How to hide threads and use a self-threading needle

Today’s tutorial is a must watch for new quilters, anyone trying out longarm or free motion quilting for the first time or anyone who has trouble threading a needle.

I show you how to hide threads once you’re done quilting (you know the thread ends that you have to leave so the quilting doesn’t unravel with use). I also show you how to use a self-threading needle. These puppies are awesome. I’ve threaded up to six threads at a time on self-threading needles and hidden them all at once. That’s a real time-saver if you’re like me and get pretty nuts with your quilting and have lots of starts and stops.

You could also use a self-threading needle all the time if you have trouble threading a needle. You just snap the thread over the groove at the top of the needle and then it is threaded. Simple as that.

I hope you enjoy today’s tutorial. If you have a technique you’d like to see, tell me about it in the comments, and I’ll add it to the list of video tutorials I’m planning. Happy quilting!

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Comment (5)

  1. I am brand new to quilting. I made my first quilt top that I am about to start quilting. I have a couple questions…. Why do I need to leave threads that I will have to hide? Is it because I can’t see backwards with a walking foot to lock the stitches in place? All of my reading on how to do this, I never came across anything about how to do this. Thank you!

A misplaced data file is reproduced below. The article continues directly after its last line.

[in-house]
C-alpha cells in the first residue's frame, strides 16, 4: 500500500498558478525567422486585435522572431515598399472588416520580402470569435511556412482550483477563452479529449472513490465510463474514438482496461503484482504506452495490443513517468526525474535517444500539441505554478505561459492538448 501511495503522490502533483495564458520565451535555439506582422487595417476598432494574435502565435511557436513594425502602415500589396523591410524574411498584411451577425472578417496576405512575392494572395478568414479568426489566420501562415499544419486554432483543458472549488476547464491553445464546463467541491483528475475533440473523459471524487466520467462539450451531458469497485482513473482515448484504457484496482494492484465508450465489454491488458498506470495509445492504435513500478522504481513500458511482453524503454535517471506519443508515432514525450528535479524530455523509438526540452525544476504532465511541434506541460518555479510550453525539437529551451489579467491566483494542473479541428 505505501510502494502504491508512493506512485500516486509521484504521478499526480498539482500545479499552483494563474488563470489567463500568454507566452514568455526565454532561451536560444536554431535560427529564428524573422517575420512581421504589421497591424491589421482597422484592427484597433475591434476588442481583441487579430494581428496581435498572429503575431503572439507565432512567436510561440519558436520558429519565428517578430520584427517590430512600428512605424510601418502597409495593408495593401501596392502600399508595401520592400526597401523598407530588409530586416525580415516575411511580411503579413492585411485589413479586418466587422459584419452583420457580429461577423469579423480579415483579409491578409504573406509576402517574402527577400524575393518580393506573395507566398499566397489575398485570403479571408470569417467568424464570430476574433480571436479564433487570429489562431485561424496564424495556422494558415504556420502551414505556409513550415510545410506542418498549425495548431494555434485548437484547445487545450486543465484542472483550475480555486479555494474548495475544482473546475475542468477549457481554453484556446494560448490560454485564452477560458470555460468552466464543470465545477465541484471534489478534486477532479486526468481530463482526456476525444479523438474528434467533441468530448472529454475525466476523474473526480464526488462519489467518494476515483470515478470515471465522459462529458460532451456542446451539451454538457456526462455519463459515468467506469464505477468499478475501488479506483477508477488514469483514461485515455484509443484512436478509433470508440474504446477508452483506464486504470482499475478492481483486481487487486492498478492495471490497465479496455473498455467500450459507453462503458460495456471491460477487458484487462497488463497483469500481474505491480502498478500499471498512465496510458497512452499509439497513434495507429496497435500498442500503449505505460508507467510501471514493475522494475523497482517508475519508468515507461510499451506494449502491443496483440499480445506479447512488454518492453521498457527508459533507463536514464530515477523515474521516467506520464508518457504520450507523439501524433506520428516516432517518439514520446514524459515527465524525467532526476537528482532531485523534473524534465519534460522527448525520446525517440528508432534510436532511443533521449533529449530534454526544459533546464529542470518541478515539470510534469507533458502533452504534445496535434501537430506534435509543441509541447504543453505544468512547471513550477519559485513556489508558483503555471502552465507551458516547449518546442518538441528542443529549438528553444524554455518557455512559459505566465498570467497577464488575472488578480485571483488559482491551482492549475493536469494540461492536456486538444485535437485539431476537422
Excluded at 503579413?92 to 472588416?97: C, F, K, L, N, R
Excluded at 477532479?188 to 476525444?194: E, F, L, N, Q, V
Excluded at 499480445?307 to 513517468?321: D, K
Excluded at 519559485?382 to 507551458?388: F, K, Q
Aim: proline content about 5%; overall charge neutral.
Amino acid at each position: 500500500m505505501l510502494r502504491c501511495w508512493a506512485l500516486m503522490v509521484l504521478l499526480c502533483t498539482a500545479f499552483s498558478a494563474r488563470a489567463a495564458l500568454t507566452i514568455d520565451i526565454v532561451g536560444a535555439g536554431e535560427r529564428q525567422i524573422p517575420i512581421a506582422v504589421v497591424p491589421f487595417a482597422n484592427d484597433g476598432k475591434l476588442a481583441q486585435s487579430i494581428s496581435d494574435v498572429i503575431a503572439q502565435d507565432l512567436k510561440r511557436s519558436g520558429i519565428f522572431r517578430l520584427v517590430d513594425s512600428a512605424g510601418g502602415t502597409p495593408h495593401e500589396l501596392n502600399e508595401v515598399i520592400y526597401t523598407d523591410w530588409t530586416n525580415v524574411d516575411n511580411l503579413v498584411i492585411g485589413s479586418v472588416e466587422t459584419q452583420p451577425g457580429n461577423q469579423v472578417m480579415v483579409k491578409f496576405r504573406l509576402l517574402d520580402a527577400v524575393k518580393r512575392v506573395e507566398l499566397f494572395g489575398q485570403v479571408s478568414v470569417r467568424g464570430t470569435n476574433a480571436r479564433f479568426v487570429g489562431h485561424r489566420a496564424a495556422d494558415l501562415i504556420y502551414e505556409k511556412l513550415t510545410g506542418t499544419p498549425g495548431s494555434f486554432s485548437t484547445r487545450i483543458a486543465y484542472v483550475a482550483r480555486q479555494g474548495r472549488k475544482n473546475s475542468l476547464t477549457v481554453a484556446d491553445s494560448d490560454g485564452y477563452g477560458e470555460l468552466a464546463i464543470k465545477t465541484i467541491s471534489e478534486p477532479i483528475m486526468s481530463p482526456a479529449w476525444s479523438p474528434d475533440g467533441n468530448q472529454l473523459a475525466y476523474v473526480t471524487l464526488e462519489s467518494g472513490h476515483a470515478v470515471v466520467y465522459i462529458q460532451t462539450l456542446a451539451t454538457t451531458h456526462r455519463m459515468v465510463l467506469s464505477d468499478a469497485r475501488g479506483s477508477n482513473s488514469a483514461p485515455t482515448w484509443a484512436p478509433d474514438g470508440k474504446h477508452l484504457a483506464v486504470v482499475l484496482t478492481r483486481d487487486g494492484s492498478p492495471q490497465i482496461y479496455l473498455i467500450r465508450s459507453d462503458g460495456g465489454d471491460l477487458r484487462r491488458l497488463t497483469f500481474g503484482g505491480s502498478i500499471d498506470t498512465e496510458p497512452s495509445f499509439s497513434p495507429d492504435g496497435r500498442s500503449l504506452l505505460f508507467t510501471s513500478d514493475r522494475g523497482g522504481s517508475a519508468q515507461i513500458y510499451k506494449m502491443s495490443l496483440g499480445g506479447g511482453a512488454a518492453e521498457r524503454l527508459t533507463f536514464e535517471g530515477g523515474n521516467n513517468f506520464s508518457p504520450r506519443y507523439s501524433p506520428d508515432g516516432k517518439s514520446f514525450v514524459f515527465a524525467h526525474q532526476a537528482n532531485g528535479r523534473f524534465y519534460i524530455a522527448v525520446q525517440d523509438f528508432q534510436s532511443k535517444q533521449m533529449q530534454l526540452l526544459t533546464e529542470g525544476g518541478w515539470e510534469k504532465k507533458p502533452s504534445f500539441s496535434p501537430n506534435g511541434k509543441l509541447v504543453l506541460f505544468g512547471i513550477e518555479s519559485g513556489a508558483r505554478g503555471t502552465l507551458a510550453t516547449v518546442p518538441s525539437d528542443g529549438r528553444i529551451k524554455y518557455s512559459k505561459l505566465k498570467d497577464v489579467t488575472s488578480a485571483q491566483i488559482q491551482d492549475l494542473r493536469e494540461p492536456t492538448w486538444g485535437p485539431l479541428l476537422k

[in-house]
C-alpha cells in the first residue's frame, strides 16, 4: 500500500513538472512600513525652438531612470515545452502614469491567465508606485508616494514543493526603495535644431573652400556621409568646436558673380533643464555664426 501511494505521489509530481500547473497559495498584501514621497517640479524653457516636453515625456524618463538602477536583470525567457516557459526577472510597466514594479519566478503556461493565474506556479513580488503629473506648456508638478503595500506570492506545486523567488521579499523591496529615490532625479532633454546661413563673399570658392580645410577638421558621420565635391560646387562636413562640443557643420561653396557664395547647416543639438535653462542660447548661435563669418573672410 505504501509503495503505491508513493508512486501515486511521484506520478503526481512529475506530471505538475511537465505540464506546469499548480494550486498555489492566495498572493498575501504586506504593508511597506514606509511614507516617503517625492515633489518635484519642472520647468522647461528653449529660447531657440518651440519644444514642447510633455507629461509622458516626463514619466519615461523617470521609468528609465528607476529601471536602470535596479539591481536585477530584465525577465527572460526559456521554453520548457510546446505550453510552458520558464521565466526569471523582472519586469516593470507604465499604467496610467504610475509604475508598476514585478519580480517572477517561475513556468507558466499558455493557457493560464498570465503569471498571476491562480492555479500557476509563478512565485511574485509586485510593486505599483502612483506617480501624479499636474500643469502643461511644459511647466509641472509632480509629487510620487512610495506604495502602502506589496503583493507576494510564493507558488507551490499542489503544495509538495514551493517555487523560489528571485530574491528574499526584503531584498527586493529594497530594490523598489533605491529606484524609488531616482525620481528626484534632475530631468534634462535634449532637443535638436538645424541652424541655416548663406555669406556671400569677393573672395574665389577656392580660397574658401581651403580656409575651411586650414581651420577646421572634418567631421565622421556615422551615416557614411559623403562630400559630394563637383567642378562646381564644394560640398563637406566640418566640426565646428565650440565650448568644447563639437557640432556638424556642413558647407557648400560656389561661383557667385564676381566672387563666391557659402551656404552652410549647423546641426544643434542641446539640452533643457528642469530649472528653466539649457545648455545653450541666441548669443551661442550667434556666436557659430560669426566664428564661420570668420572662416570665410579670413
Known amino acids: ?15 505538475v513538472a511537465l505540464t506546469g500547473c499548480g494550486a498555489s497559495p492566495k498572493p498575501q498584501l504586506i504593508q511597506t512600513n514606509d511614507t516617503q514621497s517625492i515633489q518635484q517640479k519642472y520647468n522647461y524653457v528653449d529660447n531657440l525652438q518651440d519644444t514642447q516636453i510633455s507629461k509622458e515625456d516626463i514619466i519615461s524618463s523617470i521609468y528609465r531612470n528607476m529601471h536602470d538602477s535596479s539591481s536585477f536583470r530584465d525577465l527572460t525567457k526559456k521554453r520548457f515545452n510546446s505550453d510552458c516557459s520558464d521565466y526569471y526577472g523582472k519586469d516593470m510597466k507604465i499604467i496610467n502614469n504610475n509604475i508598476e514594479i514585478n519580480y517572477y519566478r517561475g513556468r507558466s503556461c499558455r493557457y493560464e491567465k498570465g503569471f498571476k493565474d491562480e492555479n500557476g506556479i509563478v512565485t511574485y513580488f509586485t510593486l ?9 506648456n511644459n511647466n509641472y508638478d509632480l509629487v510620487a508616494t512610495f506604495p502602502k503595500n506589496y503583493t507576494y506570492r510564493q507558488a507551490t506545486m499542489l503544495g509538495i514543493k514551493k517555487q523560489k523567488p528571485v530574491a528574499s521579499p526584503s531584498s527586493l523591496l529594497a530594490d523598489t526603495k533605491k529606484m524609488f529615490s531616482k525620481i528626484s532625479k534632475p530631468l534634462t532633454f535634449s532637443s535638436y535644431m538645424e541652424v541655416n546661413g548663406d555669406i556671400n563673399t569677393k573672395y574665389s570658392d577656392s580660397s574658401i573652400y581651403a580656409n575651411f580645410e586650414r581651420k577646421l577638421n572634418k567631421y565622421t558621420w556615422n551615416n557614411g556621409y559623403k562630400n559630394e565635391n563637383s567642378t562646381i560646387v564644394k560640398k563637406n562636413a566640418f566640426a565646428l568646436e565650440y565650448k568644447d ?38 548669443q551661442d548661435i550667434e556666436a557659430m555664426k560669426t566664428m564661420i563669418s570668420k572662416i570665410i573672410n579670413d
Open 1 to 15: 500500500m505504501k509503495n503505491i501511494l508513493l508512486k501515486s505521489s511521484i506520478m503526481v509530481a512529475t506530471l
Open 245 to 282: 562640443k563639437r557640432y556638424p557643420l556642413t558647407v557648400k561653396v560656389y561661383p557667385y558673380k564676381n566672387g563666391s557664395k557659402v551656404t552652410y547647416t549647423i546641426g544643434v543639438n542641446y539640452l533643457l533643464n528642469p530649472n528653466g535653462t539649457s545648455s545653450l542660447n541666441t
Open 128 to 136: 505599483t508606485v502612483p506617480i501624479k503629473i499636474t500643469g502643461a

2. There are two ways to take care of your thread ends when quilting. They both start the same way. When you begin quilting in the middle of the quilt, you need to pull your bobbin thread to the top of the quilt so it doesn’t get tangled up in your quilting stitches. Take one stitch, then use the top thread to lift the bobbin thread to the top of the quilt. The top stitch will dislodge during this process. Now put your needle back down in the exact spot your bobbin thread comes out.

    Here’s where the methods split. Some quilters take several stitched in place to secure the thread and then start stitching as normal. When they’re finished, they simply clip their threads, possibly apply a little fray check and call it a day.

    The second, and I believe more secure, method is to take one stitch forward, one stitch back and then quilt as normal. When you are finished, you have the tails of thread that need to be hidden so they don’t work their way out of the quilt and unravel with use. That where the video instructions come in.

    Let me know if you have any more questions. I’m always happy to help new quilters.

  3. Why have I never thought to use a self-threading needle? I will have to go out and get some, as I hate hiding one thread at a time!


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